It has great motion detection performance, with high, medium and low sensitivities which will affect battery life and contrast, as well as a 0.2-second trigger speed, which is nearly as fast as you can get. It’s 120-degree wide-angle lens enables this fast trigger speed, and also makes sure you’re maximizing your range of viewing.
The night vision also features a no-glow infrared lens that is good up to 65 feet, and will not make a sound or flash that will scare away the deer in your backyard. The quality of the night vision is crisp and clear, although taking too many night vision photos/videos will fill up the memory card quickly and drain the battery.
- Multiple settings, loop recording, time-lapse.
- No Glow, no sound IR night vision.
- User-friendly functionality with a TV-style remote.
- Temperature, Time, Date and Moon phase imprint on photos/video.
- The waterproof case sometimes fails.
- Battery life.
The Meidase trail camera offers a lot of functionality. It has a ton of settings, and you can program it easily using the TV remote style keypad and the LCD color screen. The night vision has a great detection distance, at 65 feet, and the day time images are crystal clear. This is an affordable camera that has received excellent reviews, aside from complaints about the failure of its waterproof casing.
5. Wosoda Trail Camera – With Longer Trigger Distance
Wosoda is a company that offers multiple trail cameras, some of which have upgraded night vision and image quality.
It’s another company that offers cheap-yet-solid, entry-level cameras that are dependable and affordable.
Their 16MP, 1080p trail camera is a mixed bag, however. Although it is inexpensive, it lacks a lot of the features available on other trail cameras.
Even still, it will effectively capture good-quality images and videos, both day and night, and has decent battery life. Let’s take a look.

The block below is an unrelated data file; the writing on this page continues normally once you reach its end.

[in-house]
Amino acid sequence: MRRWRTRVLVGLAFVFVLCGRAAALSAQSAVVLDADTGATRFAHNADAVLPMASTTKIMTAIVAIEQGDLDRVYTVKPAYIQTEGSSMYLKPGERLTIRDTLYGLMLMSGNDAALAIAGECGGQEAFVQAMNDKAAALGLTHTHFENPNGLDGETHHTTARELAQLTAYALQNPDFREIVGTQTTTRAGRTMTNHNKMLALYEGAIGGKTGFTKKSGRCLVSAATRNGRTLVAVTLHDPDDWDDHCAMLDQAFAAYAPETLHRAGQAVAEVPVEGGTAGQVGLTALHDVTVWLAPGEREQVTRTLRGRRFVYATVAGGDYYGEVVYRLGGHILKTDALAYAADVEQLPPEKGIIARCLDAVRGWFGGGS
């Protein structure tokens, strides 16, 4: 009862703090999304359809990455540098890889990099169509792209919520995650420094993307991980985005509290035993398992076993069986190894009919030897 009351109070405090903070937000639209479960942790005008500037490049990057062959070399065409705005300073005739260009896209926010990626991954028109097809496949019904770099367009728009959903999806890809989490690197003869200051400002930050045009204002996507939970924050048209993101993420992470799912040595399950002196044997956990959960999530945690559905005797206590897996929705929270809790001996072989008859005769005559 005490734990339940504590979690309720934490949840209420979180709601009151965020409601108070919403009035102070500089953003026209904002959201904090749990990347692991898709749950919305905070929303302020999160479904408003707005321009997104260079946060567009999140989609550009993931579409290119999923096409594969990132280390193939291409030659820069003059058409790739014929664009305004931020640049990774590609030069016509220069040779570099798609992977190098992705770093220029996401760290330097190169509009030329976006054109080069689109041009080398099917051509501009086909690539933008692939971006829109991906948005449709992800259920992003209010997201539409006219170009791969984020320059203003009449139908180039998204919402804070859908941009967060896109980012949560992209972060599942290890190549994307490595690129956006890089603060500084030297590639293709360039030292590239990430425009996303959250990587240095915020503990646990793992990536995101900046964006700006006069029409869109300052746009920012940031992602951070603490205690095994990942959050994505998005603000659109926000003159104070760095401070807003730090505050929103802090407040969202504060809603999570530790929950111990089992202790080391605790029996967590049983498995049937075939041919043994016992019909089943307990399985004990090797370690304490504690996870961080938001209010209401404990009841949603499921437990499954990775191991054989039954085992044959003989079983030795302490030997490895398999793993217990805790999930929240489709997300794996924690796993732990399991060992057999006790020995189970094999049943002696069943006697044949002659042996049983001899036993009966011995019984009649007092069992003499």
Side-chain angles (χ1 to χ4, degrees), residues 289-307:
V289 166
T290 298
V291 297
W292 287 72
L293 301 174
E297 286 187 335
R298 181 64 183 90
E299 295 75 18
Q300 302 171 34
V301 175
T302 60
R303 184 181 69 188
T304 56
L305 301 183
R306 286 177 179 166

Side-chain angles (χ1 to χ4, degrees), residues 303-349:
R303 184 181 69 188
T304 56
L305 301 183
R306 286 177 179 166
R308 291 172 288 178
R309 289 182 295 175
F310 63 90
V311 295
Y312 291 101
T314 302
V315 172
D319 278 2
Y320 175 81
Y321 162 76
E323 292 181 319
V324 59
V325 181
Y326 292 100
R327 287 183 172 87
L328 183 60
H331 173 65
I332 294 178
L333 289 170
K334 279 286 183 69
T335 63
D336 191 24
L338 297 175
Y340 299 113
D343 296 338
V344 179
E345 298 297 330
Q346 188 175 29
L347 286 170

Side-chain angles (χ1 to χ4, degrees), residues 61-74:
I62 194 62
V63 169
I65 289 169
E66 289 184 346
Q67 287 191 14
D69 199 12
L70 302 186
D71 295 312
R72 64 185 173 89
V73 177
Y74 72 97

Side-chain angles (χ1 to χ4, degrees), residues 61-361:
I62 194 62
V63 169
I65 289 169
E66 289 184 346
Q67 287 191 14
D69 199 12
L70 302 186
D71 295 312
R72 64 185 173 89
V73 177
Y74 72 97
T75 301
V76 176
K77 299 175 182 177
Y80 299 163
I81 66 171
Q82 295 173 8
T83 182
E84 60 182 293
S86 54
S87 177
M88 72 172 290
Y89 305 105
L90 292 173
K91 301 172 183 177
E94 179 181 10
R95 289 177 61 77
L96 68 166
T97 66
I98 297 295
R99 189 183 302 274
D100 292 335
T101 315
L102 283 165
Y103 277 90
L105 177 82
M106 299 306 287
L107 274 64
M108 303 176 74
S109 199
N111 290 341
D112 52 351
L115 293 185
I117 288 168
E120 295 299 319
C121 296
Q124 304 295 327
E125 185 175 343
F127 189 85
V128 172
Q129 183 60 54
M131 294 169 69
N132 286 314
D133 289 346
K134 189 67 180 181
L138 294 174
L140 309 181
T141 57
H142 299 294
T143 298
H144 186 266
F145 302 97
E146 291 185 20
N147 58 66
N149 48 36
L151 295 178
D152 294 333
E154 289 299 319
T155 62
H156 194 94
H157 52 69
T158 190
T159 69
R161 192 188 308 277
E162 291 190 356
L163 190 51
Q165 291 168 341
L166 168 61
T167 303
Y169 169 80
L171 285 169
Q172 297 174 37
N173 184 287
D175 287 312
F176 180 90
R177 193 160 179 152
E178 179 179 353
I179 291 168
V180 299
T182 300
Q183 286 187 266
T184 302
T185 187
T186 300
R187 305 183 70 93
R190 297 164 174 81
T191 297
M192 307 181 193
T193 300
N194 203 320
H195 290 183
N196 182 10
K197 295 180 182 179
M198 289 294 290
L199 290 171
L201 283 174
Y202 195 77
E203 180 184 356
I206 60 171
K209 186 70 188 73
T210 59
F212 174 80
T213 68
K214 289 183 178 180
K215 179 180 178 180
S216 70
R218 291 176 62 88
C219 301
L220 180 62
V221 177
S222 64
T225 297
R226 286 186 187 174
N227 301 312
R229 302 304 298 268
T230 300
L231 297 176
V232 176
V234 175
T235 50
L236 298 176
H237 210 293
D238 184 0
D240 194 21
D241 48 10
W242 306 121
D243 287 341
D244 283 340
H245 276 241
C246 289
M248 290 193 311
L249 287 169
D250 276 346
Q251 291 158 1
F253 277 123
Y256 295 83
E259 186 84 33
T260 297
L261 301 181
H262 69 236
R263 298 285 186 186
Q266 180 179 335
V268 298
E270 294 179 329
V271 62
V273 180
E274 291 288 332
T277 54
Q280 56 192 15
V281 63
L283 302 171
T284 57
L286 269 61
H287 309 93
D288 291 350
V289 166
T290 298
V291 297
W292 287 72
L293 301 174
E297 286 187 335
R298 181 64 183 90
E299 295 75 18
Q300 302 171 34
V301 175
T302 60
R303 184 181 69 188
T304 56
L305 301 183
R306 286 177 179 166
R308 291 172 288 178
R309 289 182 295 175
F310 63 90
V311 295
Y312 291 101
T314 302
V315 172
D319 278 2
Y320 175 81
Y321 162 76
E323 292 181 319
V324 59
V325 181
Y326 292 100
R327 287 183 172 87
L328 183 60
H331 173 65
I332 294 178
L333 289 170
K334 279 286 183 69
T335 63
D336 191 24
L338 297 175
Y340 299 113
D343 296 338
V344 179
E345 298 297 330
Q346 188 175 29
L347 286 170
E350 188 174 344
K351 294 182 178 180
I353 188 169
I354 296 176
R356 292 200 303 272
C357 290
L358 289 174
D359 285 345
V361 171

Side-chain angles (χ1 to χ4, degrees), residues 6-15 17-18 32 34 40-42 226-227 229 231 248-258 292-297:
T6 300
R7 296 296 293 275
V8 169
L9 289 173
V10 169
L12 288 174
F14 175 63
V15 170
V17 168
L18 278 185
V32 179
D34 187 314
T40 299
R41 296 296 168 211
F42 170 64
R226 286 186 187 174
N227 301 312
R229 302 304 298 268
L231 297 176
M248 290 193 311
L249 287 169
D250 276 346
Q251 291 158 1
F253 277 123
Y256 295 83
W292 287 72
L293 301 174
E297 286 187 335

Our In-Depth Review:
The Wosoda 16MP trail camera will be one of your cheapest, most basic options, and in this case, you’ll get what you pay for. It does not have a display screen, so you will have to plug it into your computer in order to view any images or videos that you capture.
This also makes it a bit harder to set up and adjust settings. Other trail cameras have a screen right on the camera that helps you both see any images you capture on-site, and allow for more user-friendly setting control.
This camera does have multiple modes to choose from, including a timer setting, time switch and a timestamp function so you know when the image or video was captured. It also features 1080p full HD quality videos and clear 16 megapixel images.
The casing is IP54 weatherproof, which also isn’t great compared to other trail cameras. This rating means that it is not fully dustproof, and may get damaged in heavy rain.
- 1080p full HD video resolution, 16MP images.
- Works well in cold weather.
- Good daytime quality images/videos.
- Simple design.
- No screen makes usability more difficult.
- IP54 weatherproof makes it vulnerable to damage.
- 0.3-0.8 second trigger speed is slower than other models.
The Wosoda 16MP trail camera is a basic, inexpensive, entry-level option for people looking to test out a game camera. It has all the basic functionality of most trail cameras and takes high-quality images during the day. It’s clearly not the most durable camera, however, and it’s trigger speed leaves much to be desired.
Unfortunately, it doesn’t have a built-in screen to view your images and videos on-site either, but if you are just looking for a basic camera to monitor around your home, then this one will certainly do the job.
6. Oudmon Trail Camera – With 2.4 inch LCD
Oudmon is a solid company that offers a few different trail cameras. They are tough, weather-resistant, and offer great picture and video quality, and well as a good detection range.
The 16MP Oudmon trail camera comes in at a bargain on Amazon, marked down significantly, so you’ll be getting the functionality and quality images and videos of a more expensive camera for half the cost.
This camera will work great for both monitorings the outside of your home and out in the wilderness because of its sturdy design and dependability.
Our In-Depth Review:
The Oudmon 16MP trail game camera is a multi-functional and dependable game camera that will give you everything you need no matter the application. It can be used around your home to catch people stealing packages at your doorstep or for monitoring the hummingbirds in your birdfeeder. It’s durability also makes it a great choice out in the wilderness for hunters looking to monitor the game.
The camera offers super high-quality images and videos, with 1080p video and 16MP images. You can also adjust the setting to give you time-lapse and programmed intervals of image and video capture. Furthermore, it also records sound, which is an excellent feature on a game camera. Even if you aren’t able to capture the animal in your video, the ability to record sounds can give you an idea of what’s happening near the camera.